By Benét J. Wilson, chair, NABJ Digital Journalism Task Force & social media/newsletters editor, Aircraft Owners and Pilots Association
I lived in Washington, D.C. on and off for nearly 25 years, and I remember back in the day when the nation’s capital was the murder capital of the United States. And even though I live in Baltimore, I still like to keep up with the goings-on in my adopted hometown.
One of the ways I do this was by following the Homicide Watch blog, whose tag line is “Mark every death. Remember every victim. Follow every case. The blog, the brainchild of Laura and Chris Amico, documents every murder — from crime to conviction — in the city using an amazing mix of journalism, data, maps and social media. The blog has gained the respect of D.C. residents, long used to having their stories ignored. It has also earned the respect of journalists and journalism organizations for its efforts.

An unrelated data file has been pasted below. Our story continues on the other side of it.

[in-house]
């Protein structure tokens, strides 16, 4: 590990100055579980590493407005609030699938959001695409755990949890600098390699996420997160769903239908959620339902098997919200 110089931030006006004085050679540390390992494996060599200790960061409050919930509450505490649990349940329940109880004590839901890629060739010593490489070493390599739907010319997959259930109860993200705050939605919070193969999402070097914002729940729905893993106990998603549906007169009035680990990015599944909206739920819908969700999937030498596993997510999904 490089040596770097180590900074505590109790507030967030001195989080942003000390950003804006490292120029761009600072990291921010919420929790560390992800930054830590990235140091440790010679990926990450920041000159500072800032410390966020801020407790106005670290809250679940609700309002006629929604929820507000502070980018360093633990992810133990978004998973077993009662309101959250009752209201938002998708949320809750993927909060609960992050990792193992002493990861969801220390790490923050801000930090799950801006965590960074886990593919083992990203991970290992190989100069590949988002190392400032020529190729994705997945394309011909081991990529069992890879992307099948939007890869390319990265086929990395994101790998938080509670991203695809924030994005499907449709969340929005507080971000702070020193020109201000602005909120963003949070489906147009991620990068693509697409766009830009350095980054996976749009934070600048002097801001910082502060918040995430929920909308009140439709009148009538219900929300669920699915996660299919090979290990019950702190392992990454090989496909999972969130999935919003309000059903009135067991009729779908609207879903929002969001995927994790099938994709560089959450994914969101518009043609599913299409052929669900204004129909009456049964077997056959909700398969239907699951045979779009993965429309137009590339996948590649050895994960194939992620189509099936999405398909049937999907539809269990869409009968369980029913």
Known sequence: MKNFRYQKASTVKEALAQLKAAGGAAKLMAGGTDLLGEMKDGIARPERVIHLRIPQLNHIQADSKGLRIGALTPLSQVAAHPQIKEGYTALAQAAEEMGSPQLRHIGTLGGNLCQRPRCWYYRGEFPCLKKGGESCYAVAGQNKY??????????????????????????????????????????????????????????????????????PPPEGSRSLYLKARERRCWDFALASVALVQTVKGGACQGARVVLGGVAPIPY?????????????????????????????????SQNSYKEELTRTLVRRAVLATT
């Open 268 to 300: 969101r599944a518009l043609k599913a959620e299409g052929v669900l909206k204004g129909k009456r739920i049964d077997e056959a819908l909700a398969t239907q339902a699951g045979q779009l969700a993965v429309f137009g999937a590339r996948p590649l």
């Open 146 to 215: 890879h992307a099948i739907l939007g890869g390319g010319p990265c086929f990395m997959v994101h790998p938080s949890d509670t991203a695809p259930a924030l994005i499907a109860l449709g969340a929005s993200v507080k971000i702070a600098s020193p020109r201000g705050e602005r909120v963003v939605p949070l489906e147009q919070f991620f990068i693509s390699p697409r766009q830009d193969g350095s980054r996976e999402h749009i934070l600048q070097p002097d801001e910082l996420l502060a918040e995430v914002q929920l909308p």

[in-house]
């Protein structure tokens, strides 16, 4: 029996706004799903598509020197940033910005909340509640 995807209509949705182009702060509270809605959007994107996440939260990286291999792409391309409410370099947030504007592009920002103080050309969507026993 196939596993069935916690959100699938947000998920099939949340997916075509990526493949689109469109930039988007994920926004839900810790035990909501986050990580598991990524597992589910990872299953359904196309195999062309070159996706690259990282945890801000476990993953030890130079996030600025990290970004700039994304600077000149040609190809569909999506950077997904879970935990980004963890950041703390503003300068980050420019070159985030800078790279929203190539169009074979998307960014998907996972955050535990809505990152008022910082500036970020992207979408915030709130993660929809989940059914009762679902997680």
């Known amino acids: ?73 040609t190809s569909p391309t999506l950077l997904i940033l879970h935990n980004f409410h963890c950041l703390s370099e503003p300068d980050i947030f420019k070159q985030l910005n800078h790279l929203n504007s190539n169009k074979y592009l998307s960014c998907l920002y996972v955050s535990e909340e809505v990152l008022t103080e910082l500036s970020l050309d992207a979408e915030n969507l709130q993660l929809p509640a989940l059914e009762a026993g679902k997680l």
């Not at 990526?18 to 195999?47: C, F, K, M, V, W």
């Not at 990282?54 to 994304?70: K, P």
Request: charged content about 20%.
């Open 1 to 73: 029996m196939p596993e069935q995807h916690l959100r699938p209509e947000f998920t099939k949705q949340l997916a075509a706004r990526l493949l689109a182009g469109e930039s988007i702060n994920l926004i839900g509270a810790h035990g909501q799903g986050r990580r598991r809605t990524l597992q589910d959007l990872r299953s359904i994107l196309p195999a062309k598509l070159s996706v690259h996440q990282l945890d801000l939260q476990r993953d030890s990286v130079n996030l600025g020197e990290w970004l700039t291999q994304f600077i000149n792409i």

Founder Laura Amico has won a Nieman Fellowship to Harvard, and a deal to keep the blog going fell through. So now she’s launched a Kickstarter campaign to raise $40,000 to keep the blog running for a year by turning it into a student lab project.
The campaign ends on Thursday, Sept. 13 at 6:26 p.m. if it doesn’t reach its goal of $40,000, the blog will end. So here’s why I donated $25 to this campaign — and why you should too.
- The project appeals to my sense of diversity in media coverage by telling the stories of people who almost never show up in the city’s traditional media outlets.
- The blog relies on social media to find and confirm stories that others are missing.
- It is putting a human face on the devastation that murder causes. These victims are no longer faceless numbers.
- The Amicos are blazing a trail for those who want to put their own twist on the craft of journalism.
- With media companies firmly focused on the bottom line, we need to support compelling storytellers who aren’t focused on profits alone.
If I haven’t convinced you, read this Homicide Watch blog post and this blog post by Steve Buttry outlining the supporters of the Kickstarter campaign. Finally if this still doesn’t convince you, pick a few cases on the blog and read the comments from the victims’ families. Please donate.